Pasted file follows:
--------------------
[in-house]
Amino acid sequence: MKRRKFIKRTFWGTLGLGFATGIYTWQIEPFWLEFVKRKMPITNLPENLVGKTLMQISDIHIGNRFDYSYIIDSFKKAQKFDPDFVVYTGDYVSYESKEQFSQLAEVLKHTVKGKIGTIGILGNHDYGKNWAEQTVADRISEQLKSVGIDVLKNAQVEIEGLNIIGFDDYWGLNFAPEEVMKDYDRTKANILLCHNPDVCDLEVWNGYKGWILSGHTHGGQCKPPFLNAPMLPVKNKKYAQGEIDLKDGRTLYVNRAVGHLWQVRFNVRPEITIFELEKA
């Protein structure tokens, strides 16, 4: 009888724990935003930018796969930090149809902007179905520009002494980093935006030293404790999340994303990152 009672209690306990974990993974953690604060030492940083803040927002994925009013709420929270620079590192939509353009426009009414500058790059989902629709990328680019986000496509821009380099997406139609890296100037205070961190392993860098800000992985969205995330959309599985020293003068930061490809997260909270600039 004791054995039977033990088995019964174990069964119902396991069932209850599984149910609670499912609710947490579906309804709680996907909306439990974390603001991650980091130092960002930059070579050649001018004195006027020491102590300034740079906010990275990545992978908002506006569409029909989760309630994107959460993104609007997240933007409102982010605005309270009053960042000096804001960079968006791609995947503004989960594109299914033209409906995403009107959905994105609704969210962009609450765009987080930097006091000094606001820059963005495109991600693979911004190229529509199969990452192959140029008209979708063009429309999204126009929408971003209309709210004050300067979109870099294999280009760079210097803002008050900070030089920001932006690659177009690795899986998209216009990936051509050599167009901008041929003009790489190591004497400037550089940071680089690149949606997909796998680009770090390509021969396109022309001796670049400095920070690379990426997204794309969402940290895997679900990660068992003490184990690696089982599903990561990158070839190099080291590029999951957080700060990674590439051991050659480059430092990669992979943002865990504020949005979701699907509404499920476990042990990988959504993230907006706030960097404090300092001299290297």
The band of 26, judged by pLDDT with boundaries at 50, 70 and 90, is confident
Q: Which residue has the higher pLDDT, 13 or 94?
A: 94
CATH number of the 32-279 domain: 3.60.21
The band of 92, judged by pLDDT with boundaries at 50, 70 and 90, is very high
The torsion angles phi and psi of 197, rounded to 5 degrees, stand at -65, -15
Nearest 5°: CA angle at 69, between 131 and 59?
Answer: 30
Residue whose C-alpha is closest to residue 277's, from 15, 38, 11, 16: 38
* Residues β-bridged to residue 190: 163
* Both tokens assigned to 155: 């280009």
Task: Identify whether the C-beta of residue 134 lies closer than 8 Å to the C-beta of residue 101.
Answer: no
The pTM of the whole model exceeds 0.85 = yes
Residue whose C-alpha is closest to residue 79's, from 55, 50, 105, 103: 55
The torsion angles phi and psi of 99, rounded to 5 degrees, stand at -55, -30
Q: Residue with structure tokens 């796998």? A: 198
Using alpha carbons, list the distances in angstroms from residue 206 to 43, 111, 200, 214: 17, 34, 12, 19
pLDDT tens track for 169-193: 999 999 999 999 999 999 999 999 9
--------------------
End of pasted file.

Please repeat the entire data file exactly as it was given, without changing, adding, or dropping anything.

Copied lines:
[in-house]
Amino acid sequence: MKRRKFIKRTFWGTLGLGFATGIYTWQIEPFWLEFVKRKMPITNLPENLVGKTLMQISDIHIGNRFDYSYIIDSFKKAQKFDPDFVVYTGDYVSYESKEQFSQLAEVLKHTVKGKIGTIGILGNHDYGKNWAEQTVADRISEQLKSVGIDVLKNAQVEIEGLNIIGFDDYWGLNFAPEEVMKDYDRTKANILLCHNPDVCDLEVWNGYKGWILSGHTHGGQCKPPFLNAPMLPVKNKKYAQGEIDLKDGRTLYVNRAVGHLWQVRFNVRPEITIFELEKA
């Protein structure tokens, strides 16, 4: 009888724990935003930018796969930090149809902007179905520009002494980093935006030293404790999340994303990152 009672209690306990974990993974953690604060030492940083803040927002994925009013709420929270620079590192939509353009426009009414500058790059989902629709990328680019986000496509821009380099997406139609890296100037205070961190392993860098800000992985969205995330959309599985020293003068930061490809997260909270600039 004791054995039977033990088995019964174990069964119902396991069932209850599984149910609670499912609710947490579906309804709680996907909306439990974390603001991650980091130092960002930059070579050649001018004195006027020491102590300034740079906010990275990545992978908002506006569409029909989760309630994107959460993104609007997240933007409102982010605005309270009053960042000096804001960079968006791609995947503004989960594109299914033209409906995403009107959905994105609704969210962009609450765009987080930097006091000094606001820059963005495109991600693979911004190229529509199969990452192959140029008209979708063009429309999204126009929408971003209309709210004050300067979109870099294999280009760079210097803002008050900070030089920001932006690659177009690795899986998209216009990936051509050599167009901008041929003009790489190591004497400037550089940071680089690149949606997909796998680009770090390509021969396109022309001796670049400095920070690379990426997204794309969402940290895997679900990660068992003490184990690696089982599903990561990158070839190099080291590029999951957080700060990674590439051991050659480059430092990669992979943002865990504020949005979701699907509404499920476990042990990988959504993230907006706030960097404090300092001299290297």
The band of 26, judged by pLDDT with boundaries at 50, 70 and 90, is confident
Q: Which residue has the higher pLDDT, 13 or 94?
A: 94
CATH number of the 32-279 domain: 3.60.21
The band of 92, judged by pLDDT with boundaries at 50, 70 and 90, is very high
The torsion angles phi and psi of 197, rounded to 5 degrees, stand at -65, -15
Nearest 5°: CA angle at 69, between 131 and 59?
Answer: 30
Residue whose C-alpha is closest to residue 277's, from 15, 38, 11, 16: 38
* Residues β-bridged to residue 190: 163
* Both tokens assigned to 155: 């280009």
Task: Identify whether the C-beta of residue 134 lies closer than 8 Å to the C-beta of residue 101.
Answer: no
The pTM of the whole model exceeds 0.85 = yes
Residue whose C-alpha is closest to residue 79's, from 55, 50, 105, 103: 55
The torsion angles phi and psi of 99, rounded to 5 degrees, stand at -55, -30
Q: Residue with structure tokens 């796998």? A: 198
Using alpha carbons, list the distances in angstroms from residue 206 to 43, 111, 200, 214: 17, 34, 12, 19
pLDDT tens track for 169-193: 999 999 999 999 999 999 999 999 9